Top 4 Outage Management System Headaches and How to Solve Them
Transmission outage management is a highly complex and complicated process because there are so many different factors that come into play throughout the life cycle of an outage. Outage coordinators need the support of a sophisticated Outage Management System (OMS) to ensure that lines of communication stay open and that any potential risks don’t go unnoticed. Here are four major system headaches almost every outage coordinator faces, along with some practical solutions.
1. System Constraints
Many Transmission Providers and Balancing Authorities (BAs) are forced to live within the existing capabilities of their OMS, as opposed to being able to customize the solution to meet their business needs. From initial set up and beyond, it is important that an OMS is able to seamlessly adapt to new business processes. Whether you’re introducing new equipment or implementing a new process change, make sure to confirm with your OMS vendor that the system workflow can be easily modified to accommodate these updates. At the end of the day, the ability to easily configure or change your system can save a lot of time, money, and headaches.
2. Not So Seamless Integration
One of the primary challenges entities face is the need to be able to bring in outage information from a variety of sources, which could be internal or external to their company, and being able to integrate it in a timely manner in one system that allows them to have full access to outage information. It is vital that data can be exchanged with Independent System Operators (ISOs), Regional Transmission Operators (RTOs), and other systems using standard web service Application Programming Interfaces (APIs). The OMS system should support both the ability to broadcast changes to external systems by event and allow external systems to make requests to query data as needed.
3. Lack of Automation
When there are many different outage coordinators on a desk at different times, it is very common for one coordinator to handle an outage one way and another to handle it a different way. This can end up leading to user mistakes and outages being processed differently, wasting valuable time and resources. A system that allows for automation to be configured for portions of the workflow eliminates the need for outage coordinators to individually act on every aspect of an outage and reduces manual entry errors. The flexibility to configure automated actions is critical to ensuring that system automation can be adapted as business needs change.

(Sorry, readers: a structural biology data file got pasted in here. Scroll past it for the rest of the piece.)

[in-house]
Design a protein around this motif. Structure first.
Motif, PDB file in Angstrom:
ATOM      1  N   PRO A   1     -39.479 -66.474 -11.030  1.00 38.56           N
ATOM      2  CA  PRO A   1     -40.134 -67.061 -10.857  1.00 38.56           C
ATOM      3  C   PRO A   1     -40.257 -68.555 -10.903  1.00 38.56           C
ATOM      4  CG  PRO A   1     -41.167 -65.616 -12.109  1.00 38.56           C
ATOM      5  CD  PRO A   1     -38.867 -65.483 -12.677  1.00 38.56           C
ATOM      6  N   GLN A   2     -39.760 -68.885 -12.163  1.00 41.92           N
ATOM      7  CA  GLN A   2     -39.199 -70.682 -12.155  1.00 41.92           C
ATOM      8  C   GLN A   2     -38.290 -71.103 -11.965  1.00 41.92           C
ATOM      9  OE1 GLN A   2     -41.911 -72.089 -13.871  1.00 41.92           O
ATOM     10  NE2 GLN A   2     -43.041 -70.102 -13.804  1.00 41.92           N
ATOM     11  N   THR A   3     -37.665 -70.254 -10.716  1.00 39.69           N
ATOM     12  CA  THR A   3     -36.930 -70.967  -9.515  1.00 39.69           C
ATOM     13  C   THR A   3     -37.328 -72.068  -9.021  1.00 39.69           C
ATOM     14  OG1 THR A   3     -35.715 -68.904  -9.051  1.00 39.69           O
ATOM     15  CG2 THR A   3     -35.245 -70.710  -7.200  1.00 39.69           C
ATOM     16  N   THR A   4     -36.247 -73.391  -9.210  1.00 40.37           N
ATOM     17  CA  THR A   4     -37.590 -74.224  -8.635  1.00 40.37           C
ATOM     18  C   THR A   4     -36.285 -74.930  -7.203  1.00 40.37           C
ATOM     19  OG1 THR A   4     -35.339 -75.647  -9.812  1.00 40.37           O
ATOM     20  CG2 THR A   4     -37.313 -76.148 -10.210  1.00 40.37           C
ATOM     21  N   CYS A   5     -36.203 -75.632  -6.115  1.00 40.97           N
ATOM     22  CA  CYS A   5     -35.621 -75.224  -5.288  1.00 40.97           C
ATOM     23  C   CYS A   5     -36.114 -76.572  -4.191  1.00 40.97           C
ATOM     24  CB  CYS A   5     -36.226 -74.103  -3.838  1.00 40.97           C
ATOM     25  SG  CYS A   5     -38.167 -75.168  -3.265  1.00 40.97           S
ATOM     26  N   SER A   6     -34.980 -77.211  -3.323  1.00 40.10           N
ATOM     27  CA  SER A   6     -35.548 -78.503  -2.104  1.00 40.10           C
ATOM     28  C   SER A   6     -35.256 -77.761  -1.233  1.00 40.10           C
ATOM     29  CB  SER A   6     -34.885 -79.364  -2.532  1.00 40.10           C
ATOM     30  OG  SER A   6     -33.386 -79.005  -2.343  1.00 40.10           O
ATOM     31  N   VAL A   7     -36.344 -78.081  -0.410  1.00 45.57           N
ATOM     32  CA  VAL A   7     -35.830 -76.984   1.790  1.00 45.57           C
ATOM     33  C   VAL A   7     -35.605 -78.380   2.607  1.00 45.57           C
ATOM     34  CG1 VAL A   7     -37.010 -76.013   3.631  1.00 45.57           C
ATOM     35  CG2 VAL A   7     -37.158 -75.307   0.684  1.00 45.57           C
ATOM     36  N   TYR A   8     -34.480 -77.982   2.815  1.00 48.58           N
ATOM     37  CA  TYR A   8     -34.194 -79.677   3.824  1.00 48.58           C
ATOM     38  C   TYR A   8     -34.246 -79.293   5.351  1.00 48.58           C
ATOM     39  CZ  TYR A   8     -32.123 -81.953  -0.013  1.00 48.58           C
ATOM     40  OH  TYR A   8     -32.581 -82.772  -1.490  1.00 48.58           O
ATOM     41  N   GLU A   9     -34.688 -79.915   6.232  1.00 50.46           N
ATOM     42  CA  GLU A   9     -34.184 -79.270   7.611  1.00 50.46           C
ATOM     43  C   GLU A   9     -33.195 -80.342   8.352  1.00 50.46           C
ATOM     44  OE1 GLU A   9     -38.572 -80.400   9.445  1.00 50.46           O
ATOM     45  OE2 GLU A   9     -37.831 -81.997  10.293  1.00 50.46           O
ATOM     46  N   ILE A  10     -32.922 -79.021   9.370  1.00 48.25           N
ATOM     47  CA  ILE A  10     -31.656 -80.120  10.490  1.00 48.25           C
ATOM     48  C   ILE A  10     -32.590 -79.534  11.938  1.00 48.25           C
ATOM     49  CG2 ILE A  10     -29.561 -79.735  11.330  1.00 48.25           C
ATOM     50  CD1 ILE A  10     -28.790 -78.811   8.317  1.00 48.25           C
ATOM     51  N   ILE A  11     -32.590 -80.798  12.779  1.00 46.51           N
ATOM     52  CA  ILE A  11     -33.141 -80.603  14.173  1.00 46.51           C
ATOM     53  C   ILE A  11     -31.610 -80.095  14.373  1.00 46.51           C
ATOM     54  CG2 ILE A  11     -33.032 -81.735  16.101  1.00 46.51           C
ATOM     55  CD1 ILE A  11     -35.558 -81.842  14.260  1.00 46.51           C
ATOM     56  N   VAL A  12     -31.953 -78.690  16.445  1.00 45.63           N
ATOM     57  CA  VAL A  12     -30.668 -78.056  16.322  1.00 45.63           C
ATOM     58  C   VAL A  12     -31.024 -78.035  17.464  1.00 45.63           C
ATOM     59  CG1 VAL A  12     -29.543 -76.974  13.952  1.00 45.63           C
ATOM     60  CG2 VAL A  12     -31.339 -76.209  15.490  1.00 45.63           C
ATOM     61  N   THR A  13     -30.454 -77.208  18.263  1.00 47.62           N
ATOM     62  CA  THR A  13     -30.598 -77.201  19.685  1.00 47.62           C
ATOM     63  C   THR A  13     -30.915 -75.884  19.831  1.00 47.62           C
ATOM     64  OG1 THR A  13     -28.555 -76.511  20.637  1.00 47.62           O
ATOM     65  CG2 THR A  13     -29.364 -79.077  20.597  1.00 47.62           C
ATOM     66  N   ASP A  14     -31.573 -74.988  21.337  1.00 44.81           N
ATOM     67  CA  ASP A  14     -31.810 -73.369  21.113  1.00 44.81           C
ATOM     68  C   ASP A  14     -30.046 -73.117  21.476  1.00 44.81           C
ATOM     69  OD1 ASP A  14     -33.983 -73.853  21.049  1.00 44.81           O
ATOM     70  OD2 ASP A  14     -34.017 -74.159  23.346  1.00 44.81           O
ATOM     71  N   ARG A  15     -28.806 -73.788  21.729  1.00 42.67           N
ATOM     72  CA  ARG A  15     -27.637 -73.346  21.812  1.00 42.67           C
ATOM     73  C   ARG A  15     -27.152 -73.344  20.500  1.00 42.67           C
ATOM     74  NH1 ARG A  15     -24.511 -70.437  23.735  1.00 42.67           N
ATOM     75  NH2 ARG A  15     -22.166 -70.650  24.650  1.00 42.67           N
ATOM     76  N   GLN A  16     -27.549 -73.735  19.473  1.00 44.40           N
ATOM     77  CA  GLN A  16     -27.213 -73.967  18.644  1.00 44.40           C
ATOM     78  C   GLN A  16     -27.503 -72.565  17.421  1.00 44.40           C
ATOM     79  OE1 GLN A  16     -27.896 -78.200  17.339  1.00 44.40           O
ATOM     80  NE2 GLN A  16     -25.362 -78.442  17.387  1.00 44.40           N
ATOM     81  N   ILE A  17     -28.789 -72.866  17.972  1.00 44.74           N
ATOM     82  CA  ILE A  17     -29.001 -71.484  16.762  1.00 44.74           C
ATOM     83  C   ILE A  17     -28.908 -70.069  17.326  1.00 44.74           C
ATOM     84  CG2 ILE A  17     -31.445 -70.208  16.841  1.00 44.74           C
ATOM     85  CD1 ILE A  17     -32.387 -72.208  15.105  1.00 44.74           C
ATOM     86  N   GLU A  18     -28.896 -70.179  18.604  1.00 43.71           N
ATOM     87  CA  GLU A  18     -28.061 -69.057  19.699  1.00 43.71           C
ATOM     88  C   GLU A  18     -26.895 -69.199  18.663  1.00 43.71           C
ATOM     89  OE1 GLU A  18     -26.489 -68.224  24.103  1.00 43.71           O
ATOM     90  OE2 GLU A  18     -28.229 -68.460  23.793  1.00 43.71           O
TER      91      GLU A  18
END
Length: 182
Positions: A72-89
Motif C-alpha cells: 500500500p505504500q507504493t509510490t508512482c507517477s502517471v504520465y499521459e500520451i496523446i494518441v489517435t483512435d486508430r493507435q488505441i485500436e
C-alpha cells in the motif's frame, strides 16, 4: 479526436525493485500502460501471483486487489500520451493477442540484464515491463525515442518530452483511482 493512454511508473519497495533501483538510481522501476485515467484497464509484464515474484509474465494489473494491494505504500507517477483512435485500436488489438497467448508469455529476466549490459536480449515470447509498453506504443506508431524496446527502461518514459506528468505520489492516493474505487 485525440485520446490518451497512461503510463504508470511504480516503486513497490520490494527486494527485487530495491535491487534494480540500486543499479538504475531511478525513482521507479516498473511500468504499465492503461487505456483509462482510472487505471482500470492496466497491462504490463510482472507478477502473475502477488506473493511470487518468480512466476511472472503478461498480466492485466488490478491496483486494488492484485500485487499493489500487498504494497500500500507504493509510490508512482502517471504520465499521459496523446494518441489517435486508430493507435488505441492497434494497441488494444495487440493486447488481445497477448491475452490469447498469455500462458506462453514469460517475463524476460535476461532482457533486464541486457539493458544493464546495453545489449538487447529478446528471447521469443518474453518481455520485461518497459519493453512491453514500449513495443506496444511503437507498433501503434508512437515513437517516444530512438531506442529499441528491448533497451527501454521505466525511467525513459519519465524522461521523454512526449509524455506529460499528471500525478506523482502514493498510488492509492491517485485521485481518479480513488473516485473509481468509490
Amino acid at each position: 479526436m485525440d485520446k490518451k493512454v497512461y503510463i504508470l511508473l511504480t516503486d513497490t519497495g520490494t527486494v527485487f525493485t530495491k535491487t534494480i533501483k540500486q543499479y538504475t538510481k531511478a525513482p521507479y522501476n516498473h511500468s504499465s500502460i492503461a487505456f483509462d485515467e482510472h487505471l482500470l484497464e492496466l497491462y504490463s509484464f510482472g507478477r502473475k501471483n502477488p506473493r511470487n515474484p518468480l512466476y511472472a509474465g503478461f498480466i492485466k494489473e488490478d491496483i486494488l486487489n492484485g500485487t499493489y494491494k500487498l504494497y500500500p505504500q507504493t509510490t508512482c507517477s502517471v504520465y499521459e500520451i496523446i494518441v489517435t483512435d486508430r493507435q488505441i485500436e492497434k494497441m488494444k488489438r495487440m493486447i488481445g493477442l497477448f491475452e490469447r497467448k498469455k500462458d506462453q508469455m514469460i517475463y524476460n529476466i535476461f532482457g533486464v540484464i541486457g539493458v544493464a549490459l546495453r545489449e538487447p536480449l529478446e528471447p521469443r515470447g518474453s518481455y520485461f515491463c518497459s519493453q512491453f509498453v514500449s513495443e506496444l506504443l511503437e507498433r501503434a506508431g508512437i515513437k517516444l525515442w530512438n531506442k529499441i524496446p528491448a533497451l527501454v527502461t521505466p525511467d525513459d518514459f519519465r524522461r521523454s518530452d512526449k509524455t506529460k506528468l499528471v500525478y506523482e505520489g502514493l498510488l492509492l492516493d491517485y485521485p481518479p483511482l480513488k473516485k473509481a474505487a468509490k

4. Weak Reporting
For an OMS, the ability to export outage information is critical, especially for compliance purposes. An OMS should provide a meticulous audit trail, a complete outage request ticket history, and an archive of actions on each ticket. It is important to be sure comprehensive reporting capabilities are present in your system that provide template-based, ad-hoc, and user-configured reports to ensure you’ll get the data you need from the system. To meet the needs of all stakeholders looking to receive outage data reports, flexibility in the report contents, file type (e.g., PDF), and delivery mechanism (e.g., e-mail or SFTP) is needed.
Outage management is a highly complex and complicated process and it is incredibly important to have a system in place that meets all of your business needs. With the support of a sophisticated OMS, such as OATI webOMS, entities can help mitigate these major headaches and ensure that outage workflow is synchronized with business process, outage data is available to external systems and users, and outage processing is performed efficiently and consistently.
About the Author:
Dave Stangler has more than 34 years of experience in implementing and managing the development of a variety of applications for the power industry. He is currently Senior Vice President, Product Delivery at OATI, where he is responsible for application development teams providing base releases and project support. Mr. Stangler also has extensive experience in program management of complex implementations and strategic design of novel solutions. He received his B.S. in Math and Computer Science from St. John’s University, followed by his MBA from the University of St. Thomas.